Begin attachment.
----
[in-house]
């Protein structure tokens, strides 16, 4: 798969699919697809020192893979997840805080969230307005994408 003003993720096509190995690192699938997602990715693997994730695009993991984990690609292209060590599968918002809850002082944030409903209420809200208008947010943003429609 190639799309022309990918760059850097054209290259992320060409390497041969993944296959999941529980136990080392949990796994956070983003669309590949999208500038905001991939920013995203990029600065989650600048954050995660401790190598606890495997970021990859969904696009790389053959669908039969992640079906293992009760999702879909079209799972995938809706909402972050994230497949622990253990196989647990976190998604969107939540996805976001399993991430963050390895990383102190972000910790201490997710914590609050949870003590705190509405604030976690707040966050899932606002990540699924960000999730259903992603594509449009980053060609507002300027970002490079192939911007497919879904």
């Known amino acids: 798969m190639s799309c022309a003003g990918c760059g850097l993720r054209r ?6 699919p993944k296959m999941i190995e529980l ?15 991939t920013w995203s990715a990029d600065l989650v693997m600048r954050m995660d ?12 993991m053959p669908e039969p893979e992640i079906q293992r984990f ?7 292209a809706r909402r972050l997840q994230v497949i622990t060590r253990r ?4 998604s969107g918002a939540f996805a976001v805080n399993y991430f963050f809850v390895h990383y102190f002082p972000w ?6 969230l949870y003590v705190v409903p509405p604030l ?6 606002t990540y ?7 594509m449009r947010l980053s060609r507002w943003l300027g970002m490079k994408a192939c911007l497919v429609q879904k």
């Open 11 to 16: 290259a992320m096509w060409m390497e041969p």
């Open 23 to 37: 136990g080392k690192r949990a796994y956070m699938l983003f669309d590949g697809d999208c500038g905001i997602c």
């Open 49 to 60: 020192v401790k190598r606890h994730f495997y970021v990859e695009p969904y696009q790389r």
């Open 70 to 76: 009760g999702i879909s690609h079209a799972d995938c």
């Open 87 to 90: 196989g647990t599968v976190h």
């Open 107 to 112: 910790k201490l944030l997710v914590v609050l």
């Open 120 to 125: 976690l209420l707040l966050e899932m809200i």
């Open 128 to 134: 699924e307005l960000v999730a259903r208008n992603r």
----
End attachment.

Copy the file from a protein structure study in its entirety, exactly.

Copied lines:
[in-house]
């Protein structure tokens, strides 16, 4: 798969699919697809020192893979997840805080969230307005994408 003003993720096509190995690192699938997602990715693997994730695009993991984990690609292209060590599968918002809850002082944030409903209420809200208008947010943003429609 190639799309022309990918760059850097054209290259992320060409390497041969993944296959999941529980136990080392949990796994956070983003669309590949999208500038905001991939920013995203990029600065989650600048954050995660401790190598606890495997970021990859969904696009790389053959669908039969992640079906293992009760999702879909079209799972995938809706909402972050994230497949622990253990196989647990976190998604969107939540996805976001399993991430963050390895990383102190972000910790201490997710914590609050949870003590705190509405604030976690707040966050899932606002990540699924960000999730259903992603594509449009980053060609507002300027970002490079192939911007497919879904």
């Known amino acids: 798969m190639s799309c022309a003003g990918c760059g850097l993720r054209r ?6 699919p993944k296959m999941i190995e529980l ?15 991939t920013w995203s990715a990029d600065l989650v693997m600048r954050m995660d ?12 993991m053959p669908e039969p893979e992640i079906q293992r984990f ?7 292209a809706r909402r972050l997840q994230v497949i622990t060590r253990r ?4 998604s969107g918002a939540f996805a976001v805080n399993y991430f963050f809850v390895h990383y102190f002082p972000w ?6 969230l949870y003590v705190v409903p509405p604030l ?6 606002t990540y ?7 594509m449009r947010l980053s060609r507002w943003l300027g970002m490079k994408a192939c911007l497919v429609q879904k």
């Open 11 to 16: 290259a992320m096509w060409m390497e041969p």
């Open 23 to 37: 136990g080392k690192r949990a796994y956070m699938l983003f669309d590949g697809d999208c500038g905001i997602c």
């Open 49 to 60: 020192v401790k190598r606890h994730f495997y970021v990859e695009p969904y696009q790389r």
């Open 70 to 76: 009760g999702i879909s690609h079209a799972d995938c």
């Open 87 to 90: 196989g647990t599968v976190h």
């Open 107 to 112: 910790k201490l944030l997710v914590v609050l």
């Open 120 to 125: 976690l209420l707040l966050e899932m809200i």
């Open 128 to 134: 699924e307005l960000v999730a259903r208008n992603r």